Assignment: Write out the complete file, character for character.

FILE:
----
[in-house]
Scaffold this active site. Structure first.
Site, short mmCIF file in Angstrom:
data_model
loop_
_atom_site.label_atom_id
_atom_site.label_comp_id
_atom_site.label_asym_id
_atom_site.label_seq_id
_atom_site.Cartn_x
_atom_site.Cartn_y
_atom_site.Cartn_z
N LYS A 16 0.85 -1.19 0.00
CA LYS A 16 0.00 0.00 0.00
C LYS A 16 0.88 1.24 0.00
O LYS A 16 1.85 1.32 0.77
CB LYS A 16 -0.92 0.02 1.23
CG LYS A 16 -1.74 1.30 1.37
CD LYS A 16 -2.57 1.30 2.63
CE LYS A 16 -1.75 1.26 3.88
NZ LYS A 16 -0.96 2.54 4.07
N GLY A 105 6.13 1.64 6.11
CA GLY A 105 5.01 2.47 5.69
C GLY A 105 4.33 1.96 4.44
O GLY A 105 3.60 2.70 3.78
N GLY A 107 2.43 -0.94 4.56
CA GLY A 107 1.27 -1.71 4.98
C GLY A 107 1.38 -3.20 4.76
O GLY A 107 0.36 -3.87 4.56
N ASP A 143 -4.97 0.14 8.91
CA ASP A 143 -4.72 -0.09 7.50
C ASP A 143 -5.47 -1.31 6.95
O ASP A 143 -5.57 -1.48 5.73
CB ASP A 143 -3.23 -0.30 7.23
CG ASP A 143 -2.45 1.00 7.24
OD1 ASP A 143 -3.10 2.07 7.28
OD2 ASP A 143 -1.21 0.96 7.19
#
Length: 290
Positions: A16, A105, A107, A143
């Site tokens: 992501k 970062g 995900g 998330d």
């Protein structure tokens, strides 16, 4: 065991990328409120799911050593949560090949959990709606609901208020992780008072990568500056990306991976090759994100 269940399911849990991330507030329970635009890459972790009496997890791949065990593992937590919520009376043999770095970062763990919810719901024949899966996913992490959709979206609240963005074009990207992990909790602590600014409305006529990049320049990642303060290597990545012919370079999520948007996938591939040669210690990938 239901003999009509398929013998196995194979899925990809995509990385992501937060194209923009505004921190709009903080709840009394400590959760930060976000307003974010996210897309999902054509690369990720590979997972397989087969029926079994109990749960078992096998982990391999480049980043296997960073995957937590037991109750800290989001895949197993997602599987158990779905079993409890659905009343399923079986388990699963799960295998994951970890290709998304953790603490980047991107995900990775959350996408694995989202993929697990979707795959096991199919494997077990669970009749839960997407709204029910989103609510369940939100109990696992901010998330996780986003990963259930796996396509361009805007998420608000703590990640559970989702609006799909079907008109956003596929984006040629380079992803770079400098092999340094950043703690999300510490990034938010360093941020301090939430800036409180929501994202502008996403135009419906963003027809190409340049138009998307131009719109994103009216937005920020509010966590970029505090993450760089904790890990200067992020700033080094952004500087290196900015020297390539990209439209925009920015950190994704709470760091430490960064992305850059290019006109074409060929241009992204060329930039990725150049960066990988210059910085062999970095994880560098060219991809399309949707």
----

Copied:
[in-house]
Scaffold this active site. Structure first.
Site, short mmCIF file in Angstrom:
data_model
loop_
_atom_site.label_atom_id
_atom_site.label_comp_id
_atom_site.label_asym_id
_atom_site.label_seq_id
_atom_site.Cartn_x
_atom_site.Cartn_y
_atom_site.Cartn_z
N LYS A 16 0.85 -1.19 0.00
CA LYS A 16 0.00 0.00 0.00
C LYS A 16 0.88 1.24 0.00
O LYS A 16 1.85 1.32 0.77
CB LYS A 16 -0.92 0.02 1.23
CG LYS A 16 -1.74 1.30 1.37
CD LYS A 16 -2.57 1.30 2.63
CE LYS A 16 -1.75 1.26 3.88
NZ LYS A 16 -0.96 2.54 4.07
N GLY A 105 6.13 1.64 6.11
CA GLY A 105 5.01 2.47 5.69
C GLY A 105 4.33 1.96 4.44
O GLY A 105 3.60 2.70 3.78
N GLY A 107 2.43 -0.94 4.56
CA GLY A 107 1.27 -1.71 4.98
C GLY A 107 1.38 -3.20 4.76
O GLY A 107 0.36 -3.87 4.56
N ASP A 143 -4.97 0.14 8.91
CA ASP A 143 -4.72 -0.09 7.50
C ASP A 143 -5.47 -1.31 6.95
O ASP A 143 -5.57 -1.48 5.73
CB ASP A 143 -3.23 -0.30 7.23
CG ASP A 143 -2.45 1.00 7.24
OD1 ASP A 143 -3.10 2.07 7.28
OD2 ASP A 143 -1.21 0.96 7.19
#
Length: 290
Positions: A16, A105, A107, A143
């Site tokens: 992501k 970062g 995900g 998330d």
């Protein structure tokens, strides 16, 4: 065991990328409120799911050593949560090949959990709606609901208020992780008072990568500056990306991976090759994100 269940399911849990991330507030329970635009890459972790009496997890791949065990593992937590919520009376043999770095970062763990919810719901024949899966996913992490959709979206609240963005074009990207992990909790602590600014409305006529990049320049990642303060290597990545012919370079999520948007996938591939040669210690990938 239901003999009509398929013998196995194979899925990809995509990385992501937060194209923009505004921190709009903080709840009394400590959760930060976000307003974010996210897309999902054509690369990720590979997972397989087969029926079994109990749960078992096998982990391999480049980043296997960073995957937590037991109750800290989001895949197993997602599987158990779905079993409890659905009343399923079986388990699963799960295998994951970890290709998304953790603490980047991107995900990775959350996408694995989202993929697990979707795959096991199919494997077990669970009749839960997407709204029910989103609510369940939100109990696992901010998330996780986003990963259930796996396509361009805007998420608000703590990640559970989702609006799909079907008109956003596929984006040629380079992803770079400098092999340094950043703690999300510490990034938010360093941020301090939430800036409180929501994202502008996403135009419906963003027809190409340049138009998307131009719109994103009216937005920020509010966590970029505090993450760089904790890990200067992020700033080094952004500087290196900015020297390539990209439209925009920015950190994704709470760091430490960064992305850059290019006109074409060929241009992204060329930039990725150049960066990988210059910085062999970095994880560098060219991809399309949707």